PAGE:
BlogFileMaker

How to Parse JSON (or any other language) in FileMaker

By December 17, 2011 9 Comments

Sometimes you find the need to parse another language in order to get that data into FileMaker. I’ve found that with a lot of substitutes, this process can be pretty painless. I will demonstrate how to do this via a script, and then how to do this via a custom function. I’ll be using JSON in my demonstration.

I recommend looking at the sample file while reading through these steps: ParsingJSON.fp7

Here is a breakdown of the script (parsing part only, see sample file for full script).

  1. Remove the noise and separate the data. I use a substitute to remove the unwanted characters (“{[}[ ) and replace commas with a return character so that the data I want is in a nice value list.

Remove noise from JSON

  1. Find what the error case will be. To find the error case, it may take some trial and error via the script debugger/data viewer. For this example, the error case is when the result returned is the first value in our value list. Therefore, when I go through the loop, and the value I’m looking for cannot be found (for example: name), then the first value will be returned (Service:Request:IsValid:True). So I know that if the first value is returned, then I should exit the loop.
  2. Create a loop that does the parsing. Add an exit loop script step that checks if the value returned is the error case. Use an iteration variable that gets updated with each passing of the loop.
  3. Inside the loop, set each variable to the proper node. The formula for each set variable script step is the let function:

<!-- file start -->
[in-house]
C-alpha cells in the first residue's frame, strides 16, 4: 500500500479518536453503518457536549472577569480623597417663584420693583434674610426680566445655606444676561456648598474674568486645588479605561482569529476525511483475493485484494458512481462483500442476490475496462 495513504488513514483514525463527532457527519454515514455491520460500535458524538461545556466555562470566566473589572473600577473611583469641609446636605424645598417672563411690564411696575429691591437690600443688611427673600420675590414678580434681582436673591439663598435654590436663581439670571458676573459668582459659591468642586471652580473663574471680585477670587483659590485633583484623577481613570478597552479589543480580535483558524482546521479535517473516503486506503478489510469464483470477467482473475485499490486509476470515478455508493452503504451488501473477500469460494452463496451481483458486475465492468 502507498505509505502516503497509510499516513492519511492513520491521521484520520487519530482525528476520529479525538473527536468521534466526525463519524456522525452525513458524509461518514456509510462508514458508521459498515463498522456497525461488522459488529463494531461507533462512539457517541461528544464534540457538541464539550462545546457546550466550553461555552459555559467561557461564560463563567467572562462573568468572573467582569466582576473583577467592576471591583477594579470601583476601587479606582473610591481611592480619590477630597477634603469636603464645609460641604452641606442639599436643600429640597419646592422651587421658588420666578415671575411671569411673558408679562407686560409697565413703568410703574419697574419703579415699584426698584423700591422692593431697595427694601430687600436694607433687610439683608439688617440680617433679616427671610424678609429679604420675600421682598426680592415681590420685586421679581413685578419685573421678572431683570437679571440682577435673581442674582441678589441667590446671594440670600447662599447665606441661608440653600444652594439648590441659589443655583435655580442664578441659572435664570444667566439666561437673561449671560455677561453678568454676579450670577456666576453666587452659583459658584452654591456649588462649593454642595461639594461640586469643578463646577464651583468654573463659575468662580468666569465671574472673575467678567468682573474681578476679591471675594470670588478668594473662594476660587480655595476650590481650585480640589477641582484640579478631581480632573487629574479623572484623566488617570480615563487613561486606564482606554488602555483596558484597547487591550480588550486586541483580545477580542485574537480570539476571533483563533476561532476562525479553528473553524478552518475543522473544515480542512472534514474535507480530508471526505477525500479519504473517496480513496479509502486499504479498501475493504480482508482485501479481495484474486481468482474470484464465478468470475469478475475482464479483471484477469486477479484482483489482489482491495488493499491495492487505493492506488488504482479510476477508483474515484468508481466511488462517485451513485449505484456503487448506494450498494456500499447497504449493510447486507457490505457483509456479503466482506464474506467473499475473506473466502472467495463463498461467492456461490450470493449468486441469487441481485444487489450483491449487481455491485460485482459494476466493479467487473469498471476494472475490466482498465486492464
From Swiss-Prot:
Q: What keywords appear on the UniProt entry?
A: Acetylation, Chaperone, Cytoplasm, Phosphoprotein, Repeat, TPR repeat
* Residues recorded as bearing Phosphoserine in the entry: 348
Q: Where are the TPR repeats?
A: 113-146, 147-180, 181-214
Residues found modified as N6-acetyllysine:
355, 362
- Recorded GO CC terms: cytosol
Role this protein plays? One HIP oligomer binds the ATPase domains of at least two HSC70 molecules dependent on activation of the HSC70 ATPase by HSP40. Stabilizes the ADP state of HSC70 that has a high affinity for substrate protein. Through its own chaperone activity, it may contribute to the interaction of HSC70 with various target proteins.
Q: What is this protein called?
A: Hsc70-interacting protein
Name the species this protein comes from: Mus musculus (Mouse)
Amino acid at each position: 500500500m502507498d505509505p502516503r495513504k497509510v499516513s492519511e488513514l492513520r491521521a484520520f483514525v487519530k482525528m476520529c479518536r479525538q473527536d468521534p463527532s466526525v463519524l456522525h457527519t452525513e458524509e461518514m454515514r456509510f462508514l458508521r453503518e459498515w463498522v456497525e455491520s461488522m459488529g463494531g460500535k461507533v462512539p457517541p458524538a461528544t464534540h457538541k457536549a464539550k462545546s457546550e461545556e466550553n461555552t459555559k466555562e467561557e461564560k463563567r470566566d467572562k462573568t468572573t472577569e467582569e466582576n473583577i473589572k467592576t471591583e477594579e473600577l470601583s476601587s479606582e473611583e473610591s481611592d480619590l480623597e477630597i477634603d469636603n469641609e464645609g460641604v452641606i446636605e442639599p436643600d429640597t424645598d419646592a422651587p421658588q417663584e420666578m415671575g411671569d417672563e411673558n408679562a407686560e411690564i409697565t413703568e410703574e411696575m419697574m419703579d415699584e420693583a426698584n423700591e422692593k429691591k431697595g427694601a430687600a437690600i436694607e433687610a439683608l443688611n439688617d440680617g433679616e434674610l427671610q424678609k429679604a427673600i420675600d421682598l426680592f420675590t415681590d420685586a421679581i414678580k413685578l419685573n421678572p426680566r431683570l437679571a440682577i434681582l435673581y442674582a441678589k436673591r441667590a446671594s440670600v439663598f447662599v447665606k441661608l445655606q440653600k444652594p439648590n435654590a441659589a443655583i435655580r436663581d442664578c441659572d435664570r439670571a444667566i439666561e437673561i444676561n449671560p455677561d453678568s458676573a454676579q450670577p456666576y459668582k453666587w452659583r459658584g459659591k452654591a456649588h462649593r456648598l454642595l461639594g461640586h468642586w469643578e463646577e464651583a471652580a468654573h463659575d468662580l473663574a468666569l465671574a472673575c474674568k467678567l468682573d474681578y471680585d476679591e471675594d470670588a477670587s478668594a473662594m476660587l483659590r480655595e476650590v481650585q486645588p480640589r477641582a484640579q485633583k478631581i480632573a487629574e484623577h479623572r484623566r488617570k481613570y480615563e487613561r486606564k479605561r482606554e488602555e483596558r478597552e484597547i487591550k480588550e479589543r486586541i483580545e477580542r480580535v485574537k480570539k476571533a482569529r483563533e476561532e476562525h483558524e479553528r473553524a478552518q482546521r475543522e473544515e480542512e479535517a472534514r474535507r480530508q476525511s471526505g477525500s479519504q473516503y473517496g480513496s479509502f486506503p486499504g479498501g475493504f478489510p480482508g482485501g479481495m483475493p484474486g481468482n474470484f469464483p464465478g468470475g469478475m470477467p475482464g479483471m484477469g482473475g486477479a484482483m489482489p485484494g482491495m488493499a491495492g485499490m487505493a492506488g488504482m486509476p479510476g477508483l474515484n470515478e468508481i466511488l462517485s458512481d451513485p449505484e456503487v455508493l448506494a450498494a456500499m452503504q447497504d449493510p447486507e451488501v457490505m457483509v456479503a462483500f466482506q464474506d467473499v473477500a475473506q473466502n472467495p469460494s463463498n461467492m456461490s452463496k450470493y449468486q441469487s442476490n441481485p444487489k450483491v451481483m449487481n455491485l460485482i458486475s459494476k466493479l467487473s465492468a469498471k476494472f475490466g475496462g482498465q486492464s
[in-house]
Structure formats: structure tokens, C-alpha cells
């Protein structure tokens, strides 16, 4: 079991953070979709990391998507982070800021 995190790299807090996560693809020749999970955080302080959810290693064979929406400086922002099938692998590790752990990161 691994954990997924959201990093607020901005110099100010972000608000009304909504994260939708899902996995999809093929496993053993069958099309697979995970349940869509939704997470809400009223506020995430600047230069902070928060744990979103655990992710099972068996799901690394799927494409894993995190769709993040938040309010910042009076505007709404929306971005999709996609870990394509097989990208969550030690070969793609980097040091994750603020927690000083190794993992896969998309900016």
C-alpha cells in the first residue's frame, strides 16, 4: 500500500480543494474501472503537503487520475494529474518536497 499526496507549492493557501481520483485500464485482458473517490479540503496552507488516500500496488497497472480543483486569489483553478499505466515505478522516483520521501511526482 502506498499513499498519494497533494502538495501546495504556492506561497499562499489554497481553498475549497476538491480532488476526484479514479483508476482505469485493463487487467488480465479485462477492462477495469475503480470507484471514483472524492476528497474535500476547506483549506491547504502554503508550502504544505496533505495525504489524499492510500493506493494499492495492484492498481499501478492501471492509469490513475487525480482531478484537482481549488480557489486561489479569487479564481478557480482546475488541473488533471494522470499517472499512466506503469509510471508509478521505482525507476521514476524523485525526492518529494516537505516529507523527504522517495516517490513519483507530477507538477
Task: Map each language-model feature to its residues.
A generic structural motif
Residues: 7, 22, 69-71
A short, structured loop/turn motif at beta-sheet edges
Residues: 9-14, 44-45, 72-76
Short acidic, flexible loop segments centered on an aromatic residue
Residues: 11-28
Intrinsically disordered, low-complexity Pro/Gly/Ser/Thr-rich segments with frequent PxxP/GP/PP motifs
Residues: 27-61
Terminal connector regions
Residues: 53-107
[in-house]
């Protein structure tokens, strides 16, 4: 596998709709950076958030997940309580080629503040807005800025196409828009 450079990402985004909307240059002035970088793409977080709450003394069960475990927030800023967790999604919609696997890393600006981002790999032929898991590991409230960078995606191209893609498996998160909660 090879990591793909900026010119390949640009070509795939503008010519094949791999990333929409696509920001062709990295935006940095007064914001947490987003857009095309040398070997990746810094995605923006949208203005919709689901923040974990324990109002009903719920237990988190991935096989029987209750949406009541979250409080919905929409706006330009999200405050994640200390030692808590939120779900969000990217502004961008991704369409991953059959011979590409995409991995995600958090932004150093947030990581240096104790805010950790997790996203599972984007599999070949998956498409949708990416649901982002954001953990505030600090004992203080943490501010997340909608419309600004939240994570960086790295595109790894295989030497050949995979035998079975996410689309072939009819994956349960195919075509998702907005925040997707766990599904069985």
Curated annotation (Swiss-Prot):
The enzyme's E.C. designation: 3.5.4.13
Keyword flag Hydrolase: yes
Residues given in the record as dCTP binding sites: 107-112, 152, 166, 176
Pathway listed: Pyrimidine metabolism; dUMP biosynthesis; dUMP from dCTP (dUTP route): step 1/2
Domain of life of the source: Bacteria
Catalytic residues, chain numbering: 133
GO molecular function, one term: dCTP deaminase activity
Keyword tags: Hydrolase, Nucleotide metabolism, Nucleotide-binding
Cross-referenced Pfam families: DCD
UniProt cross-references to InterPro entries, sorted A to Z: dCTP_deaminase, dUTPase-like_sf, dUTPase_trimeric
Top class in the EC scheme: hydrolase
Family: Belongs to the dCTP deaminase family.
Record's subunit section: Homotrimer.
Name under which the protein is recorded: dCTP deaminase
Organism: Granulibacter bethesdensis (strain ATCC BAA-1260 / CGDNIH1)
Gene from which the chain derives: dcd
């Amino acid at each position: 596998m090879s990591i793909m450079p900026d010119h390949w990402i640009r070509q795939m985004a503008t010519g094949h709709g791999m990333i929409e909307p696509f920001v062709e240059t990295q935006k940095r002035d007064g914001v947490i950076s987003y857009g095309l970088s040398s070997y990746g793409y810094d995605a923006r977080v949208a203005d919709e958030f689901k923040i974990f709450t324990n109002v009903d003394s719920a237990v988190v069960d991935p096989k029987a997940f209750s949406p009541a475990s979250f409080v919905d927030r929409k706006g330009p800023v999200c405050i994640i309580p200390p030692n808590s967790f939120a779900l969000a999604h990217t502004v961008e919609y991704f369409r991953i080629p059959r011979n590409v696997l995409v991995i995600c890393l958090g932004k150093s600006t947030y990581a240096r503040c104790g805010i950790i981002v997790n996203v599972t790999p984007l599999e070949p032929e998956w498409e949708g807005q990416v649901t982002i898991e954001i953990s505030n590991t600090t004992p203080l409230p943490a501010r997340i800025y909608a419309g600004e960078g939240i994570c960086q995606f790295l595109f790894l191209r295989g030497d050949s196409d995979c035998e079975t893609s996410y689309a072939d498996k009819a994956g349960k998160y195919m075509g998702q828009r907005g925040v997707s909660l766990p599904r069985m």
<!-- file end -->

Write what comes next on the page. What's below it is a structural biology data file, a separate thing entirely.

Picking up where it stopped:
Let( [search = "name:";  //Node we are currently setting, includes semicolon
start = Position( $JSON; search; 1; $i); //Where the node is in the value list
vCount = PatternCount( Left ( $JSON ; start ); "¶")+1; //what number in the value list
result = Substitute( GetValue ( $JSON ; vCount ); search; "")//get the value and remove the node name
];

result

),/pre>

The custom function fn_ParseJSON ( JSON ; node ; instance ) follows the same concept:

Let ( [

CodeClean = Substitute ( JSON ; [""" ; ""]; ["["; ""]; ["]"; ""]; ["{"; ""]; ["}"; ""]; [",";"¶"]; ["dogs:"; "¶"]  ); //Clean up the code
start = Position( CodeClean; node & ":";1; instance); //Find where the node is
vCount = PatternCount( Left( CodeClean; start); "¶") +1;  //Find the value position
Result = Substitute( GetValue ( CodeClean; vCount ); node & ":"; "")//get the value and remove the node name
];

Trim( Result)

)

You’ll see in the sample file that you can start with the JSON code and end with the specific data you are looking for.
Parsing JSON Screenshot
I hope this helps you with your parsing! Let me know if you have any questions.

Thanks for reading!

Makah Encarnacao

If you would like assistance parsing more complicated JSON or XML, please contact us.

Button Text
Makah Encarnacao

Makah Encarnacao

Makah is a Technical Project Lead that hails from Albuquerque, NM. She joined Soliant a few months after graduating from UCLA in 2007, and must like it a lot because she’s still here! She is certified in FileMaker 9, 10, 11, 12, 13, 14, 15, 16 and 17, and placed 4th in the 2015 FileMaker DevCon Developer Cup. She was a speaker at the 2016 and 2018 FileMaker Conference. When she is not coding, she is enjoying life with her family that recently increased by 1.

9 Comments

  • Avatar Osamu Noda says:

    How’s about this idea?
    Use a webviewer as JSON Handler